Turkey's economy grew an average of 7.5% per year from 2002 through 2006--one of the highest sustained rates of growth in the world. It is expected to grow about 6.1% in 2007. Inflation and interest rates have fallen significantly, the currency has stabilized, government debt has declined to more supportable levels, and business and consumer confidence have returned. At the same time, booming economic growth has contributed to a growing current account deficit. Though Turkey's vulnerabilities have been greatly reduced, the economy could still face problems in the event there is a sudden change in investor sentiment that leads to a sharp fall in the exchange rate. Continued implementation of reforms, including tight fiscal policy, is essential to sustain growth and stability.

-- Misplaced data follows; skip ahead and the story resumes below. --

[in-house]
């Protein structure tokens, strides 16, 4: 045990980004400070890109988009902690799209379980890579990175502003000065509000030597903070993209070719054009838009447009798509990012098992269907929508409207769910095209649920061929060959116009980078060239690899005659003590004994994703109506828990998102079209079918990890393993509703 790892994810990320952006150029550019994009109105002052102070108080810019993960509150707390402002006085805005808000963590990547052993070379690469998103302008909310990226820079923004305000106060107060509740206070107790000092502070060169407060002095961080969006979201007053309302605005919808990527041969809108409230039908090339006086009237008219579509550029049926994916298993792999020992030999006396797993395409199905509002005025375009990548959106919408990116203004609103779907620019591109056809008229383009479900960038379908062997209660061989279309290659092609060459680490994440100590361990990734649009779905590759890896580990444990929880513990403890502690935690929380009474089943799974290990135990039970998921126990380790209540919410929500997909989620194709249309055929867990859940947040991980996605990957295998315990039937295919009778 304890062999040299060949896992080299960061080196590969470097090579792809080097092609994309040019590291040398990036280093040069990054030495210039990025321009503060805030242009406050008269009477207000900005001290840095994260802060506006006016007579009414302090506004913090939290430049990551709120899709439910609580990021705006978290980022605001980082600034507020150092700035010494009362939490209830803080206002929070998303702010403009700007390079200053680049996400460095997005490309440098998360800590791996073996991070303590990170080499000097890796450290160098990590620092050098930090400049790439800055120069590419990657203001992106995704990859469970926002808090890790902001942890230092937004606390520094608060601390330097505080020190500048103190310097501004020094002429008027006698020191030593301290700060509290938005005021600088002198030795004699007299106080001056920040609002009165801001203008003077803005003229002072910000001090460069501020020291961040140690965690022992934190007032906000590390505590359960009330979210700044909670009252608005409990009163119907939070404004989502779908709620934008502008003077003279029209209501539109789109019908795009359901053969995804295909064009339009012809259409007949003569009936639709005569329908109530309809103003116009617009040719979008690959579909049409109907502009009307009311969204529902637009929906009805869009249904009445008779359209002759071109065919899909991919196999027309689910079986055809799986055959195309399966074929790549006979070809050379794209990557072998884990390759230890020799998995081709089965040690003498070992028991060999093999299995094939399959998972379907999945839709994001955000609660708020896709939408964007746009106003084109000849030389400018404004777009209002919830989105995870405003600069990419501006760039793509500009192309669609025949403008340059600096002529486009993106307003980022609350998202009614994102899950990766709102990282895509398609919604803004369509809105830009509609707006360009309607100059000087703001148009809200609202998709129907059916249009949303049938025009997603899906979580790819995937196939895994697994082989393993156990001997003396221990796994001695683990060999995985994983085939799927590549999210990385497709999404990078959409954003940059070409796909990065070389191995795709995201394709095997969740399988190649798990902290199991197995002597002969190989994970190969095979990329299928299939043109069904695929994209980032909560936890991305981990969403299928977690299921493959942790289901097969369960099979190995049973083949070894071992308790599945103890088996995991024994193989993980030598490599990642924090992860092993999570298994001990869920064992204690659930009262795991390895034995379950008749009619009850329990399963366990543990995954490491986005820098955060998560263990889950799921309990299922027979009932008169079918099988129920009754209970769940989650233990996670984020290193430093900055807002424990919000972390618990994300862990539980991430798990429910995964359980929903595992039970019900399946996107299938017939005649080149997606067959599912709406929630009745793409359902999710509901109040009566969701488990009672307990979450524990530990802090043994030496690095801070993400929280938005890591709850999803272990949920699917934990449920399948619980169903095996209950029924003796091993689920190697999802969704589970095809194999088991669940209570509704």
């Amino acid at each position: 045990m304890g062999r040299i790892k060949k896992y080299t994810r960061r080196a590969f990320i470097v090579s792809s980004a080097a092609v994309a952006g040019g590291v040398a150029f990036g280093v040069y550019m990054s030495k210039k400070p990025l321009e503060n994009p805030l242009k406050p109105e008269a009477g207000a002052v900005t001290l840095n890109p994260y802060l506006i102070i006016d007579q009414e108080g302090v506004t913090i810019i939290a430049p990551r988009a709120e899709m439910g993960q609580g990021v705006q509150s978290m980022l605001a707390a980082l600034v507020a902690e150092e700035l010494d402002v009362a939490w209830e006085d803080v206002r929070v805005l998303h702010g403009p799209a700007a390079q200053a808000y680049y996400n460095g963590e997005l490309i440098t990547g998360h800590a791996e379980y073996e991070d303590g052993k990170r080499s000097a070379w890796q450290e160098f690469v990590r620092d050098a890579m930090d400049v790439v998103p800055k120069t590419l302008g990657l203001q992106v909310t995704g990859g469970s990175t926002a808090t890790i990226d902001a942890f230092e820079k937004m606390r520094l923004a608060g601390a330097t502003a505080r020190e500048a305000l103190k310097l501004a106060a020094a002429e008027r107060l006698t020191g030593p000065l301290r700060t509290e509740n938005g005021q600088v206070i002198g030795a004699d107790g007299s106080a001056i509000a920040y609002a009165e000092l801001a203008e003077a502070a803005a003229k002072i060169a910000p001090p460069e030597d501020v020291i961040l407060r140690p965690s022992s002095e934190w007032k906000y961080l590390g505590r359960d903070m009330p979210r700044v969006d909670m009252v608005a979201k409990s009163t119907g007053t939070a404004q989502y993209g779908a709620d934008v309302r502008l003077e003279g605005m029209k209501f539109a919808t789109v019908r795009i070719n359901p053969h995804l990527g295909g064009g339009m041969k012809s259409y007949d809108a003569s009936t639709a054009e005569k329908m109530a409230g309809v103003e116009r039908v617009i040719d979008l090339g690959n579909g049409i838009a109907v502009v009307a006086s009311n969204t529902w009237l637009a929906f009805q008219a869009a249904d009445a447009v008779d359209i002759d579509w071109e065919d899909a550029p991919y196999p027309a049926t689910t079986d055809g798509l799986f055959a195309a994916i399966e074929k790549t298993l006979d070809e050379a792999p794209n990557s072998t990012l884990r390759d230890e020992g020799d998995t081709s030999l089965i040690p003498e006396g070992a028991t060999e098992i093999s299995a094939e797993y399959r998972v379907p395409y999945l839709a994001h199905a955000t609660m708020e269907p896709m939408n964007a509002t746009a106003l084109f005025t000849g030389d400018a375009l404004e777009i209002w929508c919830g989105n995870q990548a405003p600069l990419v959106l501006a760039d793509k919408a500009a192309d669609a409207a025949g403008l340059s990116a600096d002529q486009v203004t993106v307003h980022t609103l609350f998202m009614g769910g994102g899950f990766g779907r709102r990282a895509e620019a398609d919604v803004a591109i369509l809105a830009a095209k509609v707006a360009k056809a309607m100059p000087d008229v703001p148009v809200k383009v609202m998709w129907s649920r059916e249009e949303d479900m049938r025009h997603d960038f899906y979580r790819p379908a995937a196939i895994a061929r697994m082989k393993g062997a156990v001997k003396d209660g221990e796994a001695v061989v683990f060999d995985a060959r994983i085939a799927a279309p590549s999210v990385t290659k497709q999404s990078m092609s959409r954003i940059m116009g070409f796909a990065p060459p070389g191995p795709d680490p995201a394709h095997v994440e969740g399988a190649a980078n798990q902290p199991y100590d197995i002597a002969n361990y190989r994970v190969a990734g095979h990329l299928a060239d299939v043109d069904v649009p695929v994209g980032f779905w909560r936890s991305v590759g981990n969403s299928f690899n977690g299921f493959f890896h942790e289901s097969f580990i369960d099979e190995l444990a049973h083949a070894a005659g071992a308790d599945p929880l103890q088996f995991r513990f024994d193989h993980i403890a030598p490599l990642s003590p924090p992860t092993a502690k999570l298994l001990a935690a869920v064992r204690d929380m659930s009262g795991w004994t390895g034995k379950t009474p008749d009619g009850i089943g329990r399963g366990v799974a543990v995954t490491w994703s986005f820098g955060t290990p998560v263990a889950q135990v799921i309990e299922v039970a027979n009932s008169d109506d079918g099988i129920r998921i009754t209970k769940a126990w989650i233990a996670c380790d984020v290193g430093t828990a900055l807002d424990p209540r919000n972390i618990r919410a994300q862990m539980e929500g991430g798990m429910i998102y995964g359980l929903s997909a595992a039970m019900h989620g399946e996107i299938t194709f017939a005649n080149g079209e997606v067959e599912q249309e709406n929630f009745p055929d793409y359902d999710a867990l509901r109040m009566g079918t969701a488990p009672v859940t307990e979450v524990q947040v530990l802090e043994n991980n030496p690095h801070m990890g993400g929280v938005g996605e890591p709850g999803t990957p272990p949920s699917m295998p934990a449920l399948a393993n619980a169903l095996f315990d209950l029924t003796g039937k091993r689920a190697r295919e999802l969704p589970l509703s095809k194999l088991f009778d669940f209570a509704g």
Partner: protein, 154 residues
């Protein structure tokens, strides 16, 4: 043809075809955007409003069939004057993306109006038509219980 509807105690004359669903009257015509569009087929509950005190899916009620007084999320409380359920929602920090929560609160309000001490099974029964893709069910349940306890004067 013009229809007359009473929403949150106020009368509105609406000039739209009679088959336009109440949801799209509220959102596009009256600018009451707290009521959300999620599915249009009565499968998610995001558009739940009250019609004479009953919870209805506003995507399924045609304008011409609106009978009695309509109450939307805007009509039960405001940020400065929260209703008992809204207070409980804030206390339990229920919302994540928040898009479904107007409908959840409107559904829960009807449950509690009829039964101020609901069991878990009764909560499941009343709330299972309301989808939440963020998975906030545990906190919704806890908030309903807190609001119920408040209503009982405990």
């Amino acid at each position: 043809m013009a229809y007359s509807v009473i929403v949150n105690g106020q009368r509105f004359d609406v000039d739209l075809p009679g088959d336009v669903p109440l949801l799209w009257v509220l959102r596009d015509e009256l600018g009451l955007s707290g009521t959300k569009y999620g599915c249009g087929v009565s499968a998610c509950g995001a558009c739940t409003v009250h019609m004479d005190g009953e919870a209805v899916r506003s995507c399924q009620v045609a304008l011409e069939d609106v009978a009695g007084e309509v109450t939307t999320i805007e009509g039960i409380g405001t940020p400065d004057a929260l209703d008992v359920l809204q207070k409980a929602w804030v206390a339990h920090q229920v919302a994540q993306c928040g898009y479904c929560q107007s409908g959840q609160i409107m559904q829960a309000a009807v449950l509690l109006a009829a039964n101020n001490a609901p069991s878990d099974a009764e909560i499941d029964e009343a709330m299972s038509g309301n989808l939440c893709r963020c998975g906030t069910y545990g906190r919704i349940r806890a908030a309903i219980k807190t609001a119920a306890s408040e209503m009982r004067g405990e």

After years of low levels of foreign direct investment (FDI), in 2006, Turkey succeeded in attracting $18.9 billion in foreign direct investment (FDI) and is expected to attract a similar level in 2007. A series of large privatizations, the stability fostered by the start of Turkey's EU accession negotiations, strong and stable growth, and structural changes in the banking, retail, and telecommunications sectors have all contributed to the rise in foreign investment. Turkey has taken steps to improve its investment climate through administrative streamlining, an end to foreign investment screening, and strengthened intellectual property legislation. However, a number of disputes involving foreign investors in Turkey and certain policies, such as high taxation and continuing gaps in the intellectual property regime, inhibit investment. Turkey has a number of bilateral investment and tax treaties, including with the United States, which guarantee free repatriation of capital in convertible currencies and eliminate double taxation.